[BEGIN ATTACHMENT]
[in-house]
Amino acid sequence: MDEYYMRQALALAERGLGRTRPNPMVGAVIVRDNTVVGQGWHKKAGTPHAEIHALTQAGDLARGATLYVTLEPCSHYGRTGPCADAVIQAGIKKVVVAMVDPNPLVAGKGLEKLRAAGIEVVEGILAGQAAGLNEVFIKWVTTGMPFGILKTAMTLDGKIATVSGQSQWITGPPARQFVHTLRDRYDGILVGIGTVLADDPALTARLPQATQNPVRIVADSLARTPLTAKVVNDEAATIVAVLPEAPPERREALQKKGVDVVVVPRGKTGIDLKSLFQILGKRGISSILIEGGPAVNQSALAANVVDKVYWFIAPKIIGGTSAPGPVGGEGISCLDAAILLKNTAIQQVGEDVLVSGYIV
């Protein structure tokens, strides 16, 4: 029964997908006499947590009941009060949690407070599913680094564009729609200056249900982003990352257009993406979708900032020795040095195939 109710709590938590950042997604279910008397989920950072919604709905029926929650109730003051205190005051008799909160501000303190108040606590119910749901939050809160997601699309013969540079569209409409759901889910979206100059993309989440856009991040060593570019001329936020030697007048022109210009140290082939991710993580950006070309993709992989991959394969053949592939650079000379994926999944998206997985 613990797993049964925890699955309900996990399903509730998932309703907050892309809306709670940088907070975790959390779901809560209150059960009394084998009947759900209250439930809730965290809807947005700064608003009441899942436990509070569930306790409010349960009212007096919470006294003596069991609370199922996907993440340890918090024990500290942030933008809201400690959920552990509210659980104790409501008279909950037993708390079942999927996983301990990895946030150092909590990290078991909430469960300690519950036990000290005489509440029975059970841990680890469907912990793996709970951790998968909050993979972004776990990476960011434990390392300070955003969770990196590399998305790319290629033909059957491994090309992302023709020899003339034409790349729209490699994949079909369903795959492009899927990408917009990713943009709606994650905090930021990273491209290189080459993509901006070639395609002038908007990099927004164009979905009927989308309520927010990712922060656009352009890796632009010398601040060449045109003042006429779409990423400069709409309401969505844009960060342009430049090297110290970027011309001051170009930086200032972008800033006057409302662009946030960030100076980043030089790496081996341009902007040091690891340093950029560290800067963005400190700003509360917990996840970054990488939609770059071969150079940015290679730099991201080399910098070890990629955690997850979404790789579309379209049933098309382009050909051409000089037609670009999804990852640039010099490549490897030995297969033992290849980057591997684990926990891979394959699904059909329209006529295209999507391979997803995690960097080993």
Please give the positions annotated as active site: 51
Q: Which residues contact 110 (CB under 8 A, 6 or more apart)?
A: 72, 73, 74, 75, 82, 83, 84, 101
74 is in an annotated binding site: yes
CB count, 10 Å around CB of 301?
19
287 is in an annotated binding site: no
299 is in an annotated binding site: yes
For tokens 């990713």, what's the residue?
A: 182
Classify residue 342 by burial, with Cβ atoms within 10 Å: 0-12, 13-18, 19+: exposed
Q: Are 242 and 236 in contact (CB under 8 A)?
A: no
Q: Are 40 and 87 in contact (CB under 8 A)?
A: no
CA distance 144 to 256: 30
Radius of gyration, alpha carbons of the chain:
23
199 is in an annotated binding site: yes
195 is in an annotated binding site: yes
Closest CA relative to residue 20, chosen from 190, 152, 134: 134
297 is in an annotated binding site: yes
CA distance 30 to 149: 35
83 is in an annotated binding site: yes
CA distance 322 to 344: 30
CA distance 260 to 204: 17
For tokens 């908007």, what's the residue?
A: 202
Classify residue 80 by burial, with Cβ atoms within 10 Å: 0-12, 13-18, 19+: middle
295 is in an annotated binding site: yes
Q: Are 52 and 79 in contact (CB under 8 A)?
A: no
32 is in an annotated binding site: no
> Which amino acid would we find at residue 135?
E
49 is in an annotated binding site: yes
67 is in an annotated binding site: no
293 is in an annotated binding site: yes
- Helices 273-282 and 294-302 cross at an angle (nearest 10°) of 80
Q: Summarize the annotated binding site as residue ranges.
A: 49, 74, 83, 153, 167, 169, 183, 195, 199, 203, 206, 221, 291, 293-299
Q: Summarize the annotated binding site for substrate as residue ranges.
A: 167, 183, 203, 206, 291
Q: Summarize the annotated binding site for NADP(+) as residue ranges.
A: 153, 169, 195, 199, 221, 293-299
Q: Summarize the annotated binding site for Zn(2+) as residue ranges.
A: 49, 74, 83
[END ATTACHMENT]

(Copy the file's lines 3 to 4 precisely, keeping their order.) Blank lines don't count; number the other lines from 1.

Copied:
């Protein structure tokens, strides 16, 4: 029964997908006499947590009941009060949690407070599913680094564009729609200056249900982003990352257009993406979708900032020795040095195939 109710709590938590950042997604279910008397989920950072919604709905029926929650109730003051205190005051008799909160501000303190108040606590119910749901939050809160997601699309013969540079569209409409759901889910979206100059993309989440856009991040060593570019001329936020030697007048022109210009140290082939991710993580950006070309993709992989991959394969053949592939650079000379994926999944998206997985 613990797993049964925890699955309900996990399903509730998932309703907050892309809306709670940088907070975790959390779901809560209150059960009394084998009947759900209250439930809730965290809807947005700064608003009441899942436990509070569930306790409010349960009212007096919470006294003596069991609370199922996907993440340890918090024990500290942030933008809201400690959920552990509210659980104790409501008279909950037993708390079942999927996983301990990895946030150092909590990290078991909430469960300690519950036990000290005489509440029975059970841990680890469907912990793996709970951790998968909050993979972004776990990476960011434990390392300070955003969770990196590399998305790319290629033909059957491994090309992302023709020899003339034409790349729209490699994949079909369903795959492009899927990408917009990713943009709606994650905090930021990273491209290189080459993509901006070639395609002038908007990099927004164009979905009927989308309520927010990712922060656009352009890796632009010398601040060449045109003042006429779409990423400069709409309401969505844009960060342009430049090297110290970027011309001051170009930086200032972008800033006057409302662009946030960030100076980043030089790496081996341009902007040091690891340093950029560290800067963005400190700003509360917990996840970054990488939609770059071969150079940015290679730099991201080399910098070890990629955690997850979404790789579309379209049933098309382009050909051409000089037609670009999804990852640039010099490549490897030995297969033992290849980057591997684990926990891979394959699904059909329209006529295209999507391979997803995690960097080993």
Please give the positions annotated as active site: 51